That was your first lyric for the band. Was that your way of saying goodbye to Jimmy?

Synyster: “I just had so much stuff that I wanted to put in alongside Jimmy’s last compendium of work, his last artistry, you know? So I asked the band if I could do it. It wasn’t just completely me, Zack helped a lot, Matt [Shadows] threw in some ideas. It’s a group effort, but it started with me I guess and it felt really good to just get it all out and off my chest. At first, it was like, ‘What the hell am I going to write or talk about him and who he was? Do I want to say goodbye to him? What am I doing?’ So I gave up on all of that and wrote what my heart was feeling.”

The album went straight in at number one in the US and has stayed in the top 10 since. It’s the kind of thing bands dream of, but the success must have been tempered by your loss.

Shadows: “It definitely didn’t matter as much as Jimmy had gone.”

Johnny Christ: “We celebrated a little bit a few days after, but the day that we heard it, we didn’t really do anything. We just went ‘cool’ and sort of shrugged our shoulders.”

Shadows: “But I’m glad that he had a number one record because to me Jimmy’s on the record, his voice and his music, so it’s an awesome send-off. I’m just glad that kids are getting it and getting to hear his last piece of work and I’m glad that it’s helping us continue. I think that everything we’ve done was leading up to making this album.”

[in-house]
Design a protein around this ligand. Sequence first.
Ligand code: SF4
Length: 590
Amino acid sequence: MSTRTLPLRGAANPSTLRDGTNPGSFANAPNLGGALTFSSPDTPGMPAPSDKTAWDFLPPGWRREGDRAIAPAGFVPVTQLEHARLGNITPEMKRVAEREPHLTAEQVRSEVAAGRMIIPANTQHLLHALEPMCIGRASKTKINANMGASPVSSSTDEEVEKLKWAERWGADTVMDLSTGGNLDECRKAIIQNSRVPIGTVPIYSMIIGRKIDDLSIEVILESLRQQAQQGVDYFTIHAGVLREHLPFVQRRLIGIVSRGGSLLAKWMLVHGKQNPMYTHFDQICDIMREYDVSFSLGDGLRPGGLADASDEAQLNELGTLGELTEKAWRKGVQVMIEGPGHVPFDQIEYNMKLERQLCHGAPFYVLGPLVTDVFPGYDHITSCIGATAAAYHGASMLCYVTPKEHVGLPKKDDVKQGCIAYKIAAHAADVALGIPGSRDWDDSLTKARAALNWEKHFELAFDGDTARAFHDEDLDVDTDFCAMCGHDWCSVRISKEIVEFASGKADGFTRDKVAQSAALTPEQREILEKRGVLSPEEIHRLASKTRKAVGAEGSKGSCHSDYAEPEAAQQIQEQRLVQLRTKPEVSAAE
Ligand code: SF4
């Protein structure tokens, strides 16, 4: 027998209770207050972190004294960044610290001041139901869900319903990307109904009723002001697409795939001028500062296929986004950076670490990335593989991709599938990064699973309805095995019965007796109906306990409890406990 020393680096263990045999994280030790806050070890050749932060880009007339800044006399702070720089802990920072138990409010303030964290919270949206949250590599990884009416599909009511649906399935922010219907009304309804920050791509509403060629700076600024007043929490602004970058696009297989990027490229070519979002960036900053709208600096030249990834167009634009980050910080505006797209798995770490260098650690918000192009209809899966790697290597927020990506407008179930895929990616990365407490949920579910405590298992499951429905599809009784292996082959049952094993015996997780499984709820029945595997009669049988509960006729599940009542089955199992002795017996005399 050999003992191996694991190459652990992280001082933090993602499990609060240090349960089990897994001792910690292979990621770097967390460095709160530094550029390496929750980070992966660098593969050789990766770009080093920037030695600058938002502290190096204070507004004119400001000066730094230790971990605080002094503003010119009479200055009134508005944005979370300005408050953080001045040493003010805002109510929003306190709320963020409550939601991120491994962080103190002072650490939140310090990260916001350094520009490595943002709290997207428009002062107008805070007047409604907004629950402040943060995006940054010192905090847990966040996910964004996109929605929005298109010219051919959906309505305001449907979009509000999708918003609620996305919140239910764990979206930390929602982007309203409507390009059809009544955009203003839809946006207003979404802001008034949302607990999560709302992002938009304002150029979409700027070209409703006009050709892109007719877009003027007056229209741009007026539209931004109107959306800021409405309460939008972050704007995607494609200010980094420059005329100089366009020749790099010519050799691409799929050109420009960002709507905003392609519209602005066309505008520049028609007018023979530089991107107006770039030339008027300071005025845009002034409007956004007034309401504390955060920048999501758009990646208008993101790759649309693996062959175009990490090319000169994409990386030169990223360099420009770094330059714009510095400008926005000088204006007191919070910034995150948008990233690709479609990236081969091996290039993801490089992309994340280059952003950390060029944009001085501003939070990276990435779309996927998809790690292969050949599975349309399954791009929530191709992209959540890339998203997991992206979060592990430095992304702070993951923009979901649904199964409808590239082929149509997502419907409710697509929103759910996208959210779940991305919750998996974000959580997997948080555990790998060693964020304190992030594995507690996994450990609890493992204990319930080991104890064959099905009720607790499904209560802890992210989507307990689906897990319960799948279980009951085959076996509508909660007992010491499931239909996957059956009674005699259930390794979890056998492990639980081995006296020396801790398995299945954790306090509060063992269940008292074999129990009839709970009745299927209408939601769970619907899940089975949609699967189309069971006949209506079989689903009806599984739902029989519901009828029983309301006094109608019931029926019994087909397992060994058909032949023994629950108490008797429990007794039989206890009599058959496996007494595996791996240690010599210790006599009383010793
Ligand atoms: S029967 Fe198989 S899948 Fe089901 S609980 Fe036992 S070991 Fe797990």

(Image credit: Getty Images)

The video for Nightmare explicitly references the Jacob’s Ladder movie and manages to be both horrific and touching, it’s quite the feat. The tarantula spider from Afterlife appears, Jimmy’s drums make a cameo…

Shadows: “We never wanted to make a video; the director, Wayne Isham, talked us into it. He was a good friend of Jimmy’s and ours and he came up with the concept. It was strange when he made the pitch as Jacob’s Ladder was probably Jimmy’s favourite film.”

Zacky: “We wanted the asylum scene pretty much verbatim from the film: the bit where Syn’s banging his head against the window, that’s straight from the movie. My dancing with the skeleton was improvised, but references Afterlife where I was dancing with my girlfriend – with this one I wanted to let people know how our world has turned since and not for the better.”

Synyster: “We weren’t too into the idea of doing a video. It was one of those tough days where we were like, ‘Well, we’re officially a four-member band on tape, it’s on record now…’”

Zacky: “I didn’t want people to think we were just doing a music video and carrying on as normal. I wanted to remind everyone that we’re still going through the hardest fucking time of our lives and to do that we threw the drum set in their face; this is fucking real, Jimmy’s not with us, we’re not just moving on, it’s not business as usual. It’s a very real reality. I saw people in tears when it hit them, because it’s so creepy and then, oh shit, there’s Jimmy’s drums…”